Skip to main content

Earthquake becomes deadliest in Turkey’s modern history

Death toll surpasses that of huge quake in 1939, making it the largest natural disaster since formation of republic
A soldier walks among destroyed buildings in southeast Turkey's Hatay province on 12 February 2023 (AFP)
A soldier walks among destroyed buildings in southeast Turkey's Hatay province on 12 February 2023 (AFP)

The earthquakes that rocked Turkey last week became the deadliest natural disaster in the country's modern history with the death toll surpassing that of a powerful quake in 1939.

At least 35,418 died from the 7.8 and 7.5-magnitude successive quakes as of Tuesday, according to President Recep Tayyip Erdogan. 

A further 3,688 deaths have been registered in neighbouring Syria

The December 1939 quake in the Erzincan province of eastern Turkey killed 32,968 people, according to the Kandilli Observatory and Earthquake Research Institute at Bogazici University in Turkey. 

That 7.8 magnitude quake, which struck on Boxing Day, caused a 300km rupture of the earth’s surface between Erzincan and the city of Niksar. It left 100,000 people injured, damaging some 116,720 buildings.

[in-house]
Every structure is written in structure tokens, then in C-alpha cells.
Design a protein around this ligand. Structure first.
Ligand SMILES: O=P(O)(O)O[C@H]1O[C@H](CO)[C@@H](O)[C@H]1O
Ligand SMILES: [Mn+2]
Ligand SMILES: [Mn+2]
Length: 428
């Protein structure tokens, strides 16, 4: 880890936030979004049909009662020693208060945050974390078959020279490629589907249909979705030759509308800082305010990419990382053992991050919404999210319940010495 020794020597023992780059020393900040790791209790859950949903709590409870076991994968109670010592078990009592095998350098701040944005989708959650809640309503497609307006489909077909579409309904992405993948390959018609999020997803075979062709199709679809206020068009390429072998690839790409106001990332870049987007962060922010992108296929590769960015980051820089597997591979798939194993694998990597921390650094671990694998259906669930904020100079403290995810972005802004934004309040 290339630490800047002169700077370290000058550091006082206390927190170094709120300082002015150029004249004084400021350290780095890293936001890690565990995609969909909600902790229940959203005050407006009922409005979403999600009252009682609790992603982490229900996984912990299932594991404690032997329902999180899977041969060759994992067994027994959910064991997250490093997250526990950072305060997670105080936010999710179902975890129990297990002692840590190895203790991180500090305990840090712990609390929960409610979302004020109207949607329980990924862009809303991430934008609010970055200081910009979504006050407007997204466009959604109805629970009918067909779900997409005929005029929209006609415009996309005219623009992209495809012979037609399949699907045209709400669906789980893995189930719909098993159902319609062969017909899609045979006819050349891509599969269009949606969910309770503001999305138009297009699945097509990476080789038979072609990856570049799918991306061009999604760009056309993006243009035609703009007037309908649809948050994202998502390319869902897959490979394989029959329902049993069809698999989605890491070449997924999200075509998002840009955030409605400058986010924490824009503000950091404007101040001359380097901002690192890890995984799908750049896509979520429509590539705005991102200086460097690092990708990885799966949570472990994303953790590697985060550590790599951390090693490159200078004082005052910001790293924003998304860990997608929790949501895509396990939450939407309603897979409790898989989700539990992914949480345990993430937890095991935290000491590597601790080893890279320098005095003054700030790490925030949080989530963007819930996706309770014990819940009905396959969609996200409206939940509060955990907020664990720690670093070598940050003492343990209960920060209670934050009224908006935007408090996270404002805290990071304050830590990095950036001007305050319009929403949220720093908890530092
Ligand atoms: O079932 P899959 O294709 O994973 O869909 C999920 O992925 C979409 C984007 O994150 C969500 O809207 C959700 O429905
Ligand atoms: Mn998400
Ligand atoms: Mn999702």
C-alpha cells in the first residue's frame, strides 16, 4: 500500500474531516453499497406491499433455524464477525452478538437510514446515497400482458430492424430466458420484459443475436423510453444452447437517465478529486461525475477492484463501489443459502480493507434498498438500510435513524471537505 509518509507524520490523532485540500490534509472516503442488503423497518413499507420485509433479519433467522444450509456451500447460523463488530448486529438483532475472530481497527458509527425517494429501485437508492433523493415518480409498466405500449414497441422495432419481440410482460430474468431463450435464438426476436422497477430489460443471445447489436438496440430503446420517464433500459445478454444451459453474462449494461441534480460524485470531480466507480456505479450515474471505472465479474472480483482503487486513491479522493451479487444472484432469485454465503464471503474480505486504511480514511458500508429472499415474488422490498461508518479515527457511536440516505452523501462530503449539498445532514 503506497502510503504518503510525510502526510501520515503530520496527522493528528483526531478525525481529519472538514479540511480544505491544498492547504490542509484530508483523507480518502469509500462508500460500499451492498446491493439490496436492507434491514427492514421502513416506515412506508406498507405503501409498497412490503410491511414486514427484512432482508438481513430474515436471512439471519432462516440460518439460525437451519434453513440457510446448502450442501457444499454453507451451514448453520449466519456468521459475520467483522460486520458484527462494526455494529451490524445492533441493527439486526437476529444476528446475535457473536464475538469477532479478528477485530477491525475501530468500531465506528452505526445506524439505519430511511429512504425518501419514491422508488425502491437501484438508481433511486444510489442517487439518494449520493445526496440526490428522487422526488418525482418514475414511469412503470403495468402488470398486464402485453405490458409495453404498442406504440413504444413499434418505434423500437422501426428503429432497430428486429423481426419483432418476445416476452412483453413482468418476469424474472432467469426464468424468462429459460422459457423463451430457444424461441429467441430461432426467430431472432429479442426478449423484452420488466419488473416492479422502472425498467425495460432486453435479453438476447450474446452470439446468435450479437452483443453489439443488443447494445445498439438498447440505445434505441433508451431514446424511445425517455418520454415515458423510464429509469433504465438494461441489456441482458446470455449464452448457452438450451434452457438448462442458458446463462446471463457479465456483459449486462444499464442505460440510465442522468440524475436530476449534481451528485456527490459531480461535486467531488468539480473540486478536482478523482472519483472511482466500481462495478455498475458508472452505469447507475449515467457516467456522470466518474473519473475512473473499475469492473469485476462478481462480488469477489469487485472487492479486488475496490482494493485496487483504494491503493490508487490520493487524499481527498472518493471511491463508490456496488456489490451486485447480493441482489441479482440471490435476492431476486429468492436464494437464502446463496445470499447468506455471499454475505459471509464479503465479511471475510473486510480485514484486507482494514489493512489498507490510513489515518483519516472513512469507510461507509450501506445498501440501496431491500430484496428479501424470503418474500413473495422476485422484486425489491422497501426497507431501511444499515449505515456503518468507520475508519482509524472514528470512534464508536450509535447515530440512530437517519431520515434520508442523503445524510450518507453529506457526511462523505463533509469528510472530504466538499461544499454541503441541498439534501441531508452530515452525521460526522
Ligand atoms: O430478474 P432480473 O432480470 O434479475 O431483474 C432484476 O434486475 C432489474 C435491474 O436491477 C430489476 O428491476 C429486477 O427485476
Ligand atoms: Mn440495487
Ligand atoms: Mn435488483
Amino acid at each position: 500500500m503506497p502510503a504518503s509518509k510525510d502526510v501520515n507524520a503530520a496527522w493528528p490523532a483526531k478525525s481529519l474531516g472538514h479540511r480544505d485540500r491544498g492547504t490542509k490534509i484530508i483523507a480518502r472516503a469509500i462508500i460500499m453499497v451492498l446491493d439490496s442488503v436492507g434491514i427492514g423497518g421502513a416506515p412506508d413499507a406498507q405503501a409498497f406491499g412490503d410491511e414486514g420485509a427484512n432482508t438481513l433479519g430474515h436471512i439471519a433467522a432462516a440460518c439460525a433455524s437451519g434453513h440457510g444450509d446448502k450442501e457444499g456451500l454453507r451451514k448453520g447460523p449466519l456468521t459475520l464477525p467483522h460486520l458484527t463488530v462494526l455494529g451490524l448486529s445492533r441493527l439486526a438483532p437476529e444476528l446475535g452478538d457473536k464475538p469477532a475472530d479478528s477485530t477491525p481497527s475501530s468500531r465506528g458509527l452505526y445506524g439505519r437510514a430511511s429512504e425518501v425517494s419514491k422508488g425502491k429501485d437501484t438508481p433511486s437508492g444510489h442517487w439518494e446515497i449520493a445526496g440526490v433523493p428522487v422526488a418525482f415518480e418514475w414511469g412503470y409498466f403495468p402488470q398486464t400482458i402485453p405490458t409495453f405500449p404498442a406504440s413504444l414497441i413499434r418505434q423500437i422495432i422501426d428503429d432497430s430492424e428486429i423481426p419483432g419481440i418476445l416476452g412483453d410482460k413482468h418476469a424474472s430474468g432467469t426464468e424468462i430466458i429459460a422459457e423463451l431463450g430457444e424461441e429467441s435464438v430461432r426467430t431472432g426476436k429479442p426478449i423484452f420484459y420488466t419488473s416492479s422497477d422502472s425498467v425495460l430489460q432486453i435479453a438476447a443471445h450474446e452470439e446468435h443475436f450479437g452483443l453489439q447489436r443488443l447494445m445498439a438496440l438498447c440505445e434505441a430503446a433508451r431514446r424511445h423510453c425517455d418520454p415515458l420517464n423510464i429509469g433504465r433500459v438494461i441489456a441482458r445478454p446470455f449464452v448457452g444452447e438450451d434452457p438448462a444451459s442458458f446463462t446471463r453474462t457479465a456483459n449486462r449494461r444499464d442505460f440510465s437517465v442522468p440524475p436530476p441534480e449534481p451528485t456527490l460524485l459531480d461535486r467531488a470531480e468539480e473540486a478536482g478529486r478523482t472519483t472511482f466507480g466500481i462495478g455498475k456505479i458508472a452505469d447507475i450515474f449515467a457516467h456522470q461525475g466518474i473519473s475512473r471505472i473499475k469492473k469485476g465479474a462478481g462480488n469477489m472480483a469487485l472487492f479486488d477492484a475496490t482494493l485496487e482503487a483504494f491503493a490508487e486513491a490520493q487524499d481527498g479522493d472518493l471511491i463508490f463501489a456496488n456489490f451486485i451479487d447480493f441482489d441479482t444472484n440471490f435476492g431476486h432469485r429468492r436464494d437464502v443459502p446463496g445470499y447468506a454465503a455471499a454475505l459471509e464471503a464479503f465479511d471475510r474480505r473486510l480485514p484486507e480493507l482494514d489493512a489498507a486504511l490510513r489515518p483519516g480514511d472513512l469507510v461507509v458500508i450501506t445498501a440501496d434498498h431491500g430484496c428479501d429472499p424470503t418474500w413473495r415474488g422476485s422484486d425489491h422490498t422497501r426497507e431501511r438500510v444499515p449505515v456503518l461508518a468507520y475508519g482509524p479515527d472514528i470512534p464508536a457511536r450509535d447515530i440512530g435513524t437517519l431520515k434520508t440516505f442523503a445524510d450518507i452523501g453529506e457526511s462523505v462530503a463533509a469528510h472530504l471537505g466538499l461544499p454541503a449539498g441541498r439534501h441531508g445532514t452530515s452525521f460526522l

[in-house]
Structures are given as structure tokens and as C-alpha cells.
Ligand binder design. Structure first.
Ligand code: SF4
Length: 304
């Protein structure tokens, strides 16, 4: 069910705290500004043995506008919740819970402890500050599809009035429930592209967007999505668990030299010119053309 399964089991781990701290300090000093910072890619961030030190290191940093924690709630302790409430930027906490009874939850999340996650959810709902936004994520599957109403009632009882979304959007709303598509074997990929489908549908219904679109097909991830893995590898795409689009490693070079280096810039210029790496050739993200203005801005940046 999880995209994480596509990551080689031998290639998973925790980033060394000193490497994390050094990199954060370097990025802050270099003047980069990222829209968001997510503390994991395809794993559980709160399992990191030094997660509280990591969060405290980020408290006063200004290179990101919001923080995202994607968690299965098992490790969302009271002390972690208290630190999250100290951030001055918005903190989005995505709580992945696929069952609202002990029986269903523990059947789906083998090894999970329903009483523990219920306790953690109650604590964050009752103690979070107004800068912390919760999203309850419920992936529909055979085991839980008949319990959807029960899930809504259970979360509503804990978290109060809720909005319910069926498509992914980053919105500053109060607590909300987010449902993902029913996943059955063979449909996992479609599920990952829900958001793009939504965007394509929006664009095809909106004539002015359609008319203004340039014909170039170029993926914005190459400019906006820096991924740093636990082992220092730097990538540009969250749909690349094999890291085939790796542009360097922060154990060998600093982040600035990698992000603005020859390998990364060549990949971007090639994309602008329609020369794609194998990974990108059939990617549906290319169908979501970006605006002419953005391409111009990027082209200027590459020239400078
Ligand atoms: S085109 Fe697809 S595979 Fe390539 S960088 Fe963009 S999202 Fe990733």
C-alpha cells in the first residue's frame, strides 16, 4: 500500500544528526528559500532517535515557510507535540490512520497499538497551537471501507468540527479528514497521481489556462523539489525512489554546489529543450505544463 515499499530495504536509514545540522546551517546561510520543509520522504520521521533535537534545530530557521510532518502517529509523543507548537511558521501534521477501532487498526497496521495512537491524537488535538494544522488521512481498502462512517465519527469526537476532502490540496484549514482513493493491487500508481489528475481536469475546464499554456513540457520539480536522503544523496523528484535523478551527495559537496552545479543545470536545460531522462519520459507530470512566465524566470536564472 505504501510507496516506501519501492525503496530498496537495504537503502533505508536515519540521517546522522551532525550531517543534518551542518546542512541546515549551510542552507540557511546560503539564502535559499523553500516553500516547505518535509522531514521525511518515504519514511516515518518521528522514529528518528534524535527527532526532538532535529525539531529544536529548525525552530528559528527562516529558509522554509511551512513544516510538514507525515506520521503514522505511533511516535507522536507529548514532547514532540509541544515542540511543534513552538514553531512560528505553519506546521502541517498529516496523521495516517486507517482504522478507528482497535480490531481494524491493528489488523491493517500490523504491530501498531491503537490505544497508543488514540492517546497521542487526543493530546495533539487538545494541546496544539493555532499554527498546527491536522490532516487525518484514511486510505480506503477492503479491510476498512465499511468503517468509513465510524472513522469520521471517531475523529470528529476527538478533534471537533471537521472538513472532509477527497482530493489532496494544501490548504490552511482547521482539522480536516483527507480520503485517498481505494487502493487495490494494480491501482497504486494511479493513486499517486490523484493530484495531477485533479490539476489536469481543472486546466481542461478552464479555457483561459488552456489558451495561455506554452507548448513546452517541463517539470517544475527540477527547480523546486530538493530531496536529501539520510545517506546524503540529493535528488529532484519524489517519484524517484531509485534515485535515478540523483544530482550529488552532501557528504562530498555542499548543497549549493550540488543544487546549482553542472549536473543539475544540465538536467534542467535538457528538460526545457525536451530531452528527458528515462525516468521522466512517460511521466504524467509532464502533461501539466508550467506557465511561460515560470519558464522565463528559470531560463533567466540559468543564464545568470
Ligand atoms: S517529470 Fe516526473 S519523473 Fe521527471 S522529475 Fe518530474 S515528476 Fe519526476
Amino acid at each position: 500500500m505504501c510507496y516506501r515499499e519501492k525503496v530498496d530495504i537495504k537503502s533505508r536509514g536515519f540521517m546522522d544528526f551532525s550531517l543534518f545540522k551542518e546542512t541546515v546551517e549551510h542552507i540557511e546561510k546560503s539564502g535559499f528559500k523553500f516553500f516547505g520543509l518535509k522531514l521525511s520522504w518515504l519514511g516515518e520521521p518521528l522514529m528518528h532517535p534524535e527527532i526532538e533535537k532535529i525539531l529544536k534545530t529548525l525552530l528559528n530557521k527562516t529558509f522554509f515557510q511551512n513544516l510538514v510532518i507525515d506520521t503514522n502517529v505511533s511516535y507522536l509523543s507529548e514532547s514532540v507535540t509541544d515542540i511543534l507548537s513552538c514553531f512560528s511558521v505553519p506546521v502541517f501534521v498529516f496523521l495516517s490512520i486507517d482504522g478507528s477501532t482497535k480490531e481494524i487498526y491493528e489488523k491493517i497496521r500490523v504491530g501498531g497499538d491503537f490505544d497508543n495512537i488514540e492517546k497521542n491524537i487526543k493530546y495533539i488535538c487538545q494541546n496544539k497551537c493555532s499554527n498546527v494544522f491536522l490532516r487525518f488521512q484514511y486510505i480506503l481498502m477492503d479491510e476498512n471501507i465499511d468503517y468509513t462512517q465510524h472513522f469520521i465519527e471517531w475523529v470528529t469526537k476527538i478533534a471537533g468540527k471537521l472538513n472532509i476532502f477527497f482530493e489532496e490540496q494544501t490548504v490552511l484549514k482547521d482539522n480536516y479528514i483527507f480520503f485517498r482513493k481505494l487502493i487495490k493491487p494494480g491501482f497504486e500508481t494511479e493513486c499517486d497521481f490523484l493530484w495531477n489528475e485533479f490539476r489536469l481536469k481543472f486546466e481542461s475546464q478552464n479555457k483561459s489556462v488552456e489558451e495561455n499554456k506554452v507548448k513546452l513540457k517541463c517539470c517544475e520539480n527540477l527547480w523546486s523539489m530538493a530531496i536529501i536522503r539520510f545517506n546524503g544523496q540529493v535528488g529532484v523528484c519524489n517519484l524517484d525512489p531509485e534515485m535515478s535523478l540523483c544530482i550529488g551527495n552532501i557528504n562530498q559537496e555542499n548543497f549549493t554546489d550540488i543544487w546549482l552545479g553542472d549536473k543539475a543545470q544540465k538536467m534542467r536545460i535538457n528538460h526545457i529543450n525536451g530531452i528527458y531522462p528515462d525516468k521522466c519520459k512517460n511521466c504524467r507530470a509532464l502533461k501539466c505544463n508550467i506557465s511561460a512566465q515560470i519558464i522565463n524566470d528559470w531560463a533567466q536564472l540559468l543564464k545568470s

Stay informed with MEE's newsletters

Sign up to get the latest alerts, insights and analysis, starting with Turkey Unpacked


It was the deadliest natural disaster in Turkey since it became a republic in 1923. 

Last week’s quake is now thought to be the worst within the modern-day borders of Turkey in nearly a millennium, since an earthquake in the Cilicia region that killed over 60,000 people in 1268. 


The southern city of Adana, then a part of the Armenian kingdom of Cilicia, was completely destroyed by that quake. 

Turkey has a high propensity for earthquakes because of its location at the crossroads of three different tectonic plates. 

These land masses, which make up the outermost shell of the Earth, are constantly moving and bumping into each other. Earthquakes most often occur at the plate's fault lines, which are large fractures on the planet's surface.

Most of Turkey is located on the Anatolian tectonic plate, which sits between the major Eurasian and African plates and a minor one, the Arabian. 

turkey and tectonic plates

There have been several more quakes in the last 50 years, including the 1976 Caldiran-Muradiye quake in the eastern Van province, which resulted in more than 4,000 deaths. 

In August 1999, a 7.4 magnitude quake hit the western city of Izmit, in the region of Marmara. More than 17,000 people were killed and over 43,000 injured.

According to the country's Disaster and Emergency Management Authority (AFAD), Turkey recorded over 22,000 earthquakes in 2022.

Middle East Eye delivers independent and unrivalled coverage and analysis of the Middle East, North Africa and beyond. To learn more about republishing this content and the associated fees, please fill out this form. More about MEE can be found here.